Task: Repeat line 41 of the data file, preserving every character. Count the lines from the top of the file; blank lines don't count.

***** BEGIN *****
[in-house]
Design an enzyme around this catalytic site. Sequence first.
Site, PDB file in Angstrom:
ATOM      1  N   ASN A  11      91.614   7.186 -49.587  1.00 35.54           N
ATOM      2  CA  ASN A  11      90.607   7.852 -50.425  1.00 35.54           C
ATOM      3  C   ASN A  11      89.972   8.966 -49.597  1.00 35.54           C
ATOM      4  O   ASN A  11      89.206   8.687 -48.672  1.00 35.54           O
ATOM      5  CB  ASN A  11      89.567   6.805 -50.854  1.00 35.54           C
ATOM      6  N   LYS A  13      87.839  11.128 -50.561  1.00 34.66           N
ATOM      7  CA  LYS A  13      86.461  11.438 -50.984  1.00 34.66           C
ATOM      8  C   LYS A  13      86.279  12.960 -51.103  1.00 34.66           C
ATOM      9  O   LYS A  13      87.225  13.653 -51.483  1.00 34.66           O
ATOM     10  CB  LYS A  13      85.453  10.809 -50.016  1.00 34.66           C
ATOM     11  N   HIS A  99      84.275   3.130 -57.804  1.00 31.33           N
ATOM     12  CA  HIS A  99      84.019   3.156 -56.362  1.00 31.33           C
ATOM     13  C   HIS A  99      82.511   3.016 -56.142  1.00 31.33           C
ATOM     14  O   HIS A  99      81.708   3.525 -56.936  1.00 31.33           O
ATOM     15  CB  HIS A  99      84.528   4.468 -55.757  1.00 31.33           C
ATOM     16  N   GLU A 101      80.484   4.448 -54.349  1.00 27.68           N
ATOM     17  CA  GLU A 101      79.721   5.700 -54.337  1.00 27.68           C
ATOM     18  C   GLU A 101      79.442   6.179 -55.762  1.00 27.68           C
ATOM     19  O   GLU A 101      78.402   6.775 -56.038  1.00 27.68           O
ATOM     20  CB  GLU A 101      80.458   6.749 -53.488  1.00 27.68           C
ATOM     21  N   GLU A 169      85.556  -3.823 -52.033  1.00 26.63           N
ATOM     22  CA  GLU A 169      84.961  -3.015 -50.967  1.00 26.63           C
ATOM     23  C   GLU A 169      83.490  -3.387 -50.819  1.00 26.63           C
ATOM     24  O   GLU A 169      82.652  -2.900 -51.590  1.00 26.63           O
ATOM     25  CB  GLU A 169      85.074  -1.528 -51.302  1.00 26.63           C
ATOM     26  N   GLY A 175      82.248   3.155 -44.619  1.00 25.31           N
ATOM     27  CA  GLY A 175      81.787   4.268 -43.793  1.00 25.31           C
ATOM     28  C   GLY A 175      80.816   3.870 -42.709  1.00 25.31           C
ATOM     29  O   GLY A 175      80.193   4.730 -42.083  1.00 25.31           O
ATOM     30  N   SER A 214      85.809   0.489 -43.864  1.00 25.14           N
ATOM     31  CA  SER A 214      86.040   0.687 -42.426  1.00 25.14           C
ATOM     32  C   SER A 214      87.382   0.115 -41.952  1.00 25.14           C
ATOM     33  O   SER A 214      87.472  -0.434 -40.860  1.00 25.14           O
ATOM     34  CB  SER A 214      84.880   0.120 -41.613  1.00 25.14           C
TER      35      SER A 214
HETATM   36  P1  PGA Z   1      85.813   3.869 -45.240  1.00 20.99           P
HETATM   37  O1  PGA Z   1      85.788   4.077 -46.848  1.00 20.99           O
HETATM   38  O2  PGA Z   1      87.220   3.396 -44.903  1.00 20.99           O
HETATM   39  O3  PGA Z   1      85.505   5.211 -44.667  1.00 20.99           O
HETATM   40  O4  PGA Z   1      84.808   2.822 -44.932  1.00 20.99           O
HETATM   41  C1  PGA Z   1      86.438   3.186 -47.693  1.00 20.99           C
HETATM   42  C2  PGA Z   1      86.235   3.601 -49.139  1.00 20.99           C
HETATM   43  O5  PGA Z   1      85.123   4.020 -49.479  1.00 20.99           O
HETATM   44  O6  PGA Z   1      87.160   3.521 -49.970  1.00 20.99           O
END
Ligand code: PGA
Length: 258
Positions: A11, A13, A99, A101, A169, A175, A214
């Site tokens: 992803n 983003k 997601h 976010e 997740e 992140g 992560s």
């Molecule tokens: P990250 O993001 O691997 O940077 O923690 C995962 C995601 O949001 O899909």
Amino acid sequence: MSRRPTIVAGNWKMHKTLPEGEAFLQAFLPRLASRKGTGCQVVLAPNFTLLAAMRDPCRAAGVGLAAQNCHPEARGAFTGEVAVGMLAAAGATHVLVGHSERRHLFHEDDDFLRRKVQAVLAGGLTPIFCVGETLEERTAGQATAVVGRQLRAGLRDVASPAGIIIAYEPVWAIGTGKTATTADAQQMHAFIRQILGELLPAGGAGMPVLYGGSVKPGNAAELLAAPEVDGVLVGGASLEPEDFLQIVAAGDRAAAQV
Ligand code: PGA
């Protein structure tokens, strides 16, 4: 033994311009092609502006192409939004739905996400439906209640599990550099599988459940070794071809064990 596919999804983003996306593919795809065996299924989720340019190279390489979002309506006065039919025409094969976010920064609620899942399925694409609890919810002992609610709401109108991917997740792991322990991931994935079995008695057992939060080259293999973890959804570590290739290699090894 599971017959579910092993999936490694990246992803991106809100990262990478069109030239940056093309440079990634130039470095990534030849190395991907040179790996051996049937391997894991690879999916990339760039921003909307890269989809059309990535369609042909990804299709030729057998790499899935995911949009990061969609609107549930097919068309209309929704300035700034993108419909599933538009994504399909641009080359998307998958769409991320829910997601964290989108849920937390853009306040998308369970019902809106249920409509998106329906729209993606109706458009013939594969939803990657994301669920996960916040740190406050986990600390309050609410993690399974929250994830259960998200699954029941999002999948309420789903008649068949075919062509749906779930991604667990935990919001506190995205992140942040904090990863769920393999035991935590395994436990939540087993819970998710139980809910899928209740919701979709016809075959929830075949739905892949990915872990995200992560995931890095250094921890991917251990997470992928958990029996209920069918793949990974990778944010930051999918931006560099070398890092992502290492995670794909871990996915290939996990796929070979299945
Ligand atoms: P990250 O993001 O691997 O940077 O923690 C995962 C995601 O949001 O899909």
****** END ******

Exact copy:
HETATM   38  O2  PGA Z   1      87.220   3.396 -44.903  1.00 20.99           O